Confident Builders London Uncategorized

A walk through London… from 1 James to another

Recently I was to attend an event at the Royal Institution, a lecture by James Burke on Connections (see his former work – James Burke Connections) and was heading down to London on the train when I spotted a tweet from James May announcing a book signing that day.  Being almost the same age as him, I have found his TV programmes over the last few years really chiming with me.  So, knowing that my friend I was seeing that evening was a fan, I though a book as a present would be a smart move.

So I headed off to Leadenhall Market, bought the books, and joined the queue.  To be honest, this isn\’t the sort of thing I really do, but it fitted the mood.  But I decided that a sycophantic \”I really like your work\” conversatino was definitely not me, at the same time as realising that he would probably want to see and hear James Burke that evening.  So I asked James if, like me, he liked James Burke, an emphatic yes was the reply – so I told him about the lecture.  Much to James\’ annoyance he couldn\’t go that evening as there were book signing committments that evening, so I offered to take a signed book there instead for him.  Getting an extra copy, he made out a dedication and passed it to me – I then observed that this was a smart way to blag a free copy!  Grins, and then moved on.
Leaving the market I headed round the corner and found this example of old hidden amongst the new, something I like finding in London
Further on, have wondered back past Bank and the city, I entered Fleet Street, and stopped to admire (as always) the buildings that stood proud in the last century – proclaiming their owners and allegiances.  Never imagining that only a few decades later all that would gone and Fleet Street (named after a now lost underground river) would itself become just a shorthand term for the press, rather than its location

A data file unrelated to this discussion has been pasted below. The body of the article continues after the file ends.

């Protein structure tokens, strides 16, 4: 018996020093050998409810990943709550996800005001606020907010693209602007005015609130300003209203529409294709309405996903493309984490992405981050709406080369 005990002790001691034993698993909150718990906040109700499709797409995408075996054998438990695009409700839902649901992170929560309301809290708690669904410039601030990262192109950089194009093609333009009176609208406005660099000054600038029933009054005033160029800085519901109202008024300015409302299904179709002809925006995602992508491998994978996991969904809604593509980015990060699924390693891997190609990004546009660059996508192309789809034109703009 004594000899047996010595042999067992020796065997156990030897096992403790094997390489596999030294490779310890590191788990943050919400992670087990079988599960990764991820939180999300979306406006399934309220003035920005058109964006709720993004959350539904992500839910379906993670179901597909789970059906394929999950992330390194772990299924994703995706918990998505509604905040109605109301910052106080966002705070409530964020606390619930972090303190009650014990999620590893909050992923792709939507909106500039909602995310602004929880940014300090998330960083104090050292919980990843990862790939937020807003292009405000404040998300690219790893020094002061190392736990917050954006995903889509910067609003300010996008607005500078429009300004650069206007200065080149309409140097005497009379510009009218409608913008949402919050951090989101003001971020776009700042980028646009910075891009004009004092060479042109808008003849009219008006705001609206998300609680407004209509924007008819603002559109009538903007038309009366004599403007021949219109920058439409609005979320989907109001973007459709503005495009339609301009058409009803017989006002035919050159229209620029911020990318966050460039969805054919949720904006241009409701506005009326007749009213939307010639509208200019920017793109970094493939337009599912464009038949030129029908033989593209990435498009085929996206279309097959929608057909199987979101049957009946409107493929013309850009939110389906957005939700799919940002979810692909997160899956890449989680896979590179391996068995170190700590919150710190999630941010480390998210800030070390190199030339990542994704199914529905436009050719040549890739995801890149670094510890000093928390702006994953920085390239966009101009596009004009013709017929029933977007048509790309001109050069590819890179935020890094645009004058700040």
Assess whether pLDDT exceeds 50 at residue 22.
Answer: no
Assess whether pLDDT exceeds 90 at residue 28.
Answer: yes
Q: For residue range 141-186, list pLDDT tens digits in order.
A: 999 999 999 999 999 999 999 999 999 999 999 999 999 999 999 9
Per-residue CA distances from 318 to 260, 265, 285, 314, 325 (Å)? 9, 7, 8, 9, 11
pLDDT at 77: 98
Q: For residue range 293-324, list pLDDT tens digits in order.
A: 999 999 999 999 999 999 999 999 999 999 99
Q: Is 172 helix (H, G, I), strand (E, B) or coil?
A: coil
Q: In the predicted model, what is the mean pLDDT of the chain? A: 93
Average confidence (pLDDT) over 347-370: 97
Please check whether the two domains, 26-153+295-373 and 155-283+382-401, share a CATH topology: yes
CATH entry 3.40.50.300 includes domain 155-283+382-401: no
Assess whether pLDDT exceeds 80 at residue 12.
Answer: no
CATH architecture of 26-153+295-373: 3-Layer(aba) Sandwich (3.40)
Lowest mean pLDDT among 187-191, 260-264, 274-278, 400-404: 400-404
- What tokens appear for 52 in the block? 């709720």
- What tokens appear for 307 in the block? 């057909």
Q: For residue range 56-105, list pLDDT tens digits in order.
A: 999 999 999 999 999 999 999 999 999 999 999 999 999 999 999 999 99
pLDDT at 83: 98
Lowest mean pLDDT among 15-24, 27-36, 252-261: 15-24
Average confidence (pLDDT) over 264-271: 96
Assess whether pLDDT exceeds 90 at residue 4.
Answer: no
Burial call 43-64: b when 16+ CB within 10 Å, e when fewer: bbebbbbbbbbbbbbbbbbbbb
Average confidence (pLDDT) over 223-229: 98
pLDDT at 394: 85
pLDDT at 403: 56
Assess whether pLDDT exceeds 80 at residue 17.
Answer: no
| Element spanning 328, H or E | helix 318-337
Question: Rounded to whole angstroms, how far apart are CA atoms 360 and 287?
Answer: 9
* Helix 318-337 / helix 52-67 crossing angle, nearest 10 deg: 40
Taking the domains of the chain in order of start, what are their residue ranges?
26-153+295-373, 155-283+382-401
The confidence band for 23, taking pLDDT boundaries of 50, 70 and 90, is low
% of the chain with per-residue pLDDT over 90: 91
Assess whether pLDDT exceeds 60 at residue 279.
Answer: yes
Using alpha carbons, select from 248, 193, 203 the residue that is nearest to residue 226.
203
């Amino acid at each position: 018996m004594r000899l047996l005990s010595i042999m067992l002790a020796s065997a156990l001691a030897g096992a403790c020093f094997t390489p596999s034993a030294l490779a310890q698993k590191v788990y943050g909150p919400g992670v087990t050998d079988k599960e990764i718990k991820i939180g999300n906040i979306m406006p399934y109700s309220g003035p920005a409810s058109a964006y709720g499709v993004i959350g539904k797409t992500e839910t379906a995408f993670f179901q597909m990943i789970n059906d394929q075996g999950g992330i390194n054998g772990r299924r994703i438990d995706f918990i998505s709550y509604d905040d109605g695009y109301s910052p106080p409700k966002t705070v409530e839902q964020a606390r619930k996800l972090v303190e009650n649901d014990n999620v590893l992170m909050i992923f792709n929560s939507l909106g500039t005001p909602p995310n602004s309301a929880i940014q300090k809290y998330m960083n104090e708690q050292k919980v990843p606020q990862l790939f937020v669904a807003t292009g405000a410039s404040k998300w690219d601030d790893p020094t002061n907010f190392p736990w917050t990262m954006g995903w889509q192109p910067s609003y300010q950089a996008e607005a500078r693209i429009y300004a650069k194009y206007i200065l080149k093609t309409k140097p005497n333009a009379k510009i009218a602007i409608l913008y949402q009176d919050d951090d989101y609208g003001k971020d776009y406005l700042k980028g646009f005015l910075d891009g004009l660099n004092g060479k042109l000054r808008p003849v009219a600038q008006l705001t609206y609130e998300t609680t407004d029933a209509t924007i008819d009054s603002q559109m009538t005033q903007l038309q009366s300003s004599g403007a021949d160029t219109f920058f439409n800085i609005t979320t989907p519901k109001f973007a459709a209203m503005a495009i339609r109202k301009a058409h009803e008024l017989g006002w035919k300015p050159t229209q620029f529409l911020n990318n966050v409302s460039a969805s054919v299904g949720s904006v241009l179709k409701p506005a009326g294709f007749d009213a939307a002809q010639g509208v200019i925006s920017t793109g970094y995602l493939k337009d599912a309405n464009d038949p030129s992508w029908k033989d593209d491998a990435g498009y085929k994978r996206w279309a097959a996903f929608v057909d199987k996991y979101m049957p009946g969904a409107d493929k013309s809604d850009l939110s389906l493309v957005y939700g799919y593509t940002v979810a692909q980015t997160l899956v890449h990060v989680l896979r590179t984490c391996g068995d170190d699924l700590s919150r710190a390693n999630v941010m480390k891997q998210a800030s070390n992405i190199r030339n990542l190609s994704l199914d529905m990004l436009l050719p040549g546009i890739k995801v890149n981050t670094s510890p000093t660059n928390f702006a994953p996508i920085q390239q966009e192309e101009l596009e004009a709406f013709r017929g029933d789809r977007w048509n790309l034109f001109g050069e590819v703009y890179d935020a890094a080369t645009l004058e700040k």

Another photographic thing I like is new reflecting old.  More clearly here: 
Further down Fleet Street, the Telegraph building – Peterborough Court 
As is often in old towns and cities, the ground floor fronts are all modern, horrible, glass \”buy buy buy\” places.  As Bill Bryson recommeds, look up 1 floor and admire the architecture.  Case in point below.
And yet another building prodly declaiming its publishing home. 
Towards the end of the street – the Royal Courts of Justice, reminiscent of Prague, and I\’m sure somewhere there\’s a sign saying \”Here be dragons\”!
Diving south off Fleet Street into the Temple area (past Dan Brown fans photographing the Templar Church – damn) a wonderfully quiet and peaceful square can be found.
Just around the corner, just off the Embankment another quiet location, you can enter the gardens in the summer months.
Then, leaving the Temple area a building that, here in London, is just one of many, but would probably get a bit of a mention elsewhere, surmounted by a rather impressive wind vane 

Now entering Savoy Gardens, a memorial to Lady Henry Somerset to commemorate her work for the Temperance cause, with an interesting quote \”I was thirsty, and ye gave me drink\” non-alcoholic I guess.
Passing under a bridge, these silhouette of both the buildings, London Eye, and the photographers caught my eye
And then, round hte corner, the place I first heard proper surround sound in the 70\’s.  The IEEE building where a school trip permitted us to hear Atom Heart Mother in Quadrophonic sound.
What I hadn\’t know then – this was the location of the BBC from 1923 to 1932 as commemorated by this plaque

Further on, a tablet marking the location of the North Bank of the River Thames, before the Victoria Embankment was built in 1862.

Then, as night closed in, I passed Liberty\’s with it\’s Christmas decorations on show, but more interesting to me was the ship wind vane on top.  Second one of the day!

And then finally, after a great meal with my old school friend Ed, we made our way to the Royal Institution, and James Burke\’s incredible throught provoking lecture 1+1=3, curated by Aleks Krotoski

And, of course, to hand over the book!